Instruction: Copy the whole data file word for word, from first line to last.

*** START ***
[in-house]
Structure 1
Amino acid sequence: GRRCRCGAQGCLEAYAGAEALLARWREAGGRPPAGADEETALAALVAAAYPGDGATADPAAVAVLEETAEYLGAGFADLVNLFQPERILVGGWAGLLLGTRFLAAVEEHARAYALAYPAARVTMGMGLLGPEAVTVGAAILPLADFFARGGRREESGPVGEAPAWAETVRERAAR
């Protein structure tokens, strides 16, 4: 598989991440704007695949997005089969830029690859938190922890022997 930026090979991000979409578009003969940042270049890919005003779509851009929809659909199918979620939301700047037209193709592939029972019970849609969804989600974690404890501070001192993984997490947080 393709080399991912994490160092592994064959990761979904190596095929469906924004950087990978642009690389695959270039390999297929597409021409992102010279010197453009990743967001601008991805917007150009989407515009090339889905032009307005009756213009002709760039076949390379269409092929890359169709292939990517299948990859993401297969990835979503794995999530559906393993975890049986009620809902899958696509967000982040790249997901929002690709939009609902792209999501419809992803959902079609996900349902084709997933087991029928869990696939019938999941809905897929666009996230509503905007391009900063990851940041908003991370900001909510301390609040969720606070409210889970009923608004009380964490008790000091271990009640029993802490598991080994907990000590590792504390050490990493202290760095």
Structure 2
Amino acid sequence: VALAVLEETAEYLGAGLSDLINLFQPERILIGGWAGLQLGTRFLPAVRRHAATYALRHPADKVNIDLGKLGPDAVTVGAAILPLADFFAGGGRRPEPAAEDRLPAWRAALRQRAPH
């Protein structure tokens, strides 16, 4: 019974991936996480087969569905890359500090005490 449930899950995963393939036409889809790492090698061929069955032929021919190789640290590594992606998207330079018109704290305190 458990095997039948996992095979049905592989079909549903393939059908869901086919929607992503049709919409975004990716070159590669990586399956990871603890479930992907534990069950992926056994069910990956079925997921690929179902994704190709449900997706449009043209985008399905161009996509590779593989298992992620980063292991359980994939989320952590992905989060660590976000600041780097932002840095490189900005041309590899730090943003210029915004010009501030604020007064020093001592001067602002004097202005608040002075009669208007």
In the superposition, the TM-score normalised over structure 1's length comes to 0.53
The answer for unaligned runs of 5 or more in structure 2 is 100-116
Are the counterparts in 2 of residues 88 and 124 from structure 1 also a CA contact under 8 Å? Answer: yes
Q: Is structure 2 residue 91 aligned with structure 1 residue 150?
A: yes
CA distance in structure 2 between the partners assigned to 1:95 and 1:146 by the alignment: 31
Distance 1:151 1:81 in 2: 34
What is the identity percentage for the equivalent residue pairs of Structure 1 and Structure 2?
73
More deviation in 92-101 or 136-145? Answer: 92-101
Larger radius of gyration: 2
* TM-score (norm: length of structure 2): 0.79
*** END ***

[in-house]
Structure 1
Amino acid sequence: GRRCRCGAQGCLEAYAGAEALLARWREAGGRPPAGADEETALAALVAAAYPGDGATADPAAVAVLEETAEYLGAGFADLVNLFQPERILVGGWAGLLLGTRFLAAVEEHARAYALAYPAARVTMGMGLLGPEAVTVGAAILPLADFFARGGRREESGPVGEAPAWAETVRERAAR
């Protein structure tokens, strides 16, 4: 598989991440704007695949997005089969830029690859938190922890022997 930026090979991000979409578009003969940042270049890919005003779509851009929809659909199918979620939301700047037209193709592939029972019970849609969804989600974690404890501070001192993984997490947080 393709080399991912994490160092592994064959990761979904190596095929469906924004950087990978642009690389695959270039390999297929597409021409992102010279010197453009990743967001601008991805917007150009989407515009090339889905032009307005009756213009002709760039076949390379269409092929890359169709292939990517299948990859993401297969990835979503794995999530559906393993975890049986009620809902899958696509967000982040790249997901929002690709939009609902792209999501419809992803959902079609996900349902084709997933087991029928869990696939019938999941809905897929666009996230509503905007391009900063990851940041908003991370900001909510301390609040969720606070409210889970009923608004009380964490008790000091271990009640029993802490598991080994907990000590590792504390050490990493202290760095």
Structure 2
Amino acid sequence: VALAVLEETAEYLGAGLSDLINLFQPERILIGGWAGLQLGTRFLPAVRRHAATYALRHPADKVNIDLGKLGPDAVTVGAAILPLADFFAGGGRRPEPAAEDRLPAWRAALRQRAPH
């Protein structure tokens, strides 16, 4: 019974991936996480087969569905890359500090005490 449930899950995963393939036409889809790492090698061929069955032929021919190789640290590594992606998207330079018109704290305190 458990095997039948996992095979049905592989079909549903393939059908869901086919929607992503049709919409975004990716070159590669990586399956990871603890479930992907534990069950992926056994069910990956079925997921690929179902994704190709449900997706449009043209985008399905161009996509590779593989298992992620980063292991359980994939989320952590992905989060660590976000600041780097932002840095490189900005041309590899730090943003210029915004010009501030604020007064020093001592001067602002004097202005608040002075009669208007």
In the superposition, the TM-score normalised over structure 1's length comes to 0.53
The answer for unaligned runs of 5 or more in structure 2 is 100-116
Are the counterparts in 2 of residues 88 and 124 from structure 1 also a CA contact under 8 Å? Answer: yes
Q: Is structure 2 residue 91 aligned with structure 1 residue 150?
A: yes
CA distance in structure 2 between the partners assigned to 1:95 and 1:146 by the alignment: 31
Distance 1:151 1:81 in 2: 34
What is the identity percentage for the equivalent residue pairs of Structure 1 and Structure 2?
73
More deviation in 92-101 or 136-145? Answer: 92-101
Larger radius of gyration: 2
* TM-score (norm: length of structure 2): 0.79